Well, I don't know for sure that the Phillies are a poor fit for A.J. Burnett. He'll only be two hours from his home in Maryland, and maybe family time is just that important. If going east works out better for Burnett personally, then hey, good for him. He'll get more money than the Pirates would have given him, too.
As a baseball move, though, this is bad, mostly for reasons Keith Law recently outlined (Insider-only). The Phillies finished third-to-last in defensive efficiency last offseason. Chase Utley and Jimmy Rollins still form a decent defensive middle infield, but first baseman Ryan Howard is well below average, and likely third baseman Cody Asche appears to be as well. Burnett, meanwhile, has had a ground ball percentage above 56% in both of the past two seasons. The Phillies are going to have trouble getting to all those grounders.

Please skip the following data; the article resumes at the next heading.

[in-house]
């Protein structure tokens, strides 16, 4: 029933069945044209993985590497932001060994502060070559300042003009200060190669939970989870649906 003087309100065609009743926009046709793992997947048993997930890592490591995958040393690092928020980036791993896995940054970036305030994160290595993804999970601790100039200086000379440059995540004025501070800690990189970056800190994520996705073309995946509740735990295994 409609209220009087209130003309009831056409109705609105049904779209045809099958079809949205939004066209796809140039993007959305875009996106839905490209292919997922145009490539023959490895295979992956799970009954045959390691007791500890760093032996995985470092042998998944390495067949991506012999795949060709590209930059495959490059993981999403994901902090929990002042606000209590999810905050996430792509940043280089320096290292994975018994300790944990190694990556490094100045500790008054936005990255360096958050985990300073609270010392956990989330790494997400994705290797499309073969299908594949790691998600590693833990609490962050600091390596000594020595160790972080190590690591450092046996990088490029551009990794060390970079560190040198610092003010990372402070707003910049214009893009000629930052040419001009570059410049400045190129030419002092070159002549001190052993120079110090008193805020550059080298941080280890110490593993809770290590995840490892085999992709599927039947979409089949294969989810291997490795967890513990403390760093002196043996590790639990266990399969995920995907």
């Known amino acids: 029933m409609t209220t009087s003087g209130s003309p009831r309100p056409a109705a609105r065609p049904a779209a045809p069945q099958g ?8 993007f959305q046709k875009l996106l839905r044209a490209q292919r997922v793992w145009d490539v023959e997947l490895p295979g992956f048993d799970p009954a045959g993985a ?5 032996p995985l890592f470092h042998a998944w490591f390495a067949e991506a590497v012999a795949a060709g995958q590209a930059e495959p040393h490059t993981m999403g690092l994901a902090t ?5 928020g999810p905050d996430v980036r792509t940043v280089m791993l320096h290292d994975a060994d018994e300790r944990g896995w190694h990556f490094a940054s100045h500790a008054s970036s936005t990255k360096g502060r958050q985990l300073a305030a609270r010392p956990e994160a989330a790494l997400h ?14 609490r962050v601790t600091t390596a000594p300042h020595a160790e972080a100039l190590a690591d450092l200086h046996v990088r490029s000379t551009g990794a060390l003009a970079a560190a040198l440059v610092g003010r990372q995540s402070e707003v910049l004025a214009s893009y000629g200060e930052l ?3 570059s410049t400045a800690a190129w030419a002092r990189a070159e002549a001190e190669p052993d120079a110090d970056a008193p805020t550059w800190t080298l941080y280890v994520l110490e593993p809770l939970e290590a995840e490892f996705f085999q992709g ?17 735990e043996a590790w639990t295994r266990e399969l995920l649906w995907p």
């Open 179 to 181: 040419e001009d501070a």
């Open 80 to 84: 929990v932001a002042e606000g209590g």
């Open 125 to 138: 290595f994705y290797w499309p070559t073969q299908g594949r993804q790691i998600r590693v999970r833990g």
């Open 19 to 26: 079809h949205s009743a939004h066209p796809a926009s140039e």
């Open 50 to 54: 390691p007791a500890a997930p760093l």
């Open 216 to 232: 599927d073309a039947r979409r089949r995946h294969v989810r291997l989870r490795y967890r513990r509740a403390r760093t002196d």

We know Burnett didn't like the Pirates' shifts. If he wanted the Pirates to shift less, he's likely going to wish he'd been careful what he wished for, because, at least through mid-July, the Phillies had shifted less than any team in baseball.
Then, of course, there's the fact that the Phillies don't look like a contender even with Burnett. Is it sour grapes to point out that the Phillies don't make much sense for Burnett? Sure. But this is truly a situation where no one really wins. The Pirates lose a very good pitcher who was well-suited to their defensive personnel and strategy (whether or not Burnett himself believed that to be the case), the Phillies get a good pitcher who's poorly suited for them, and it's likely that Burnett and both teams are going to pay the price. Oh well!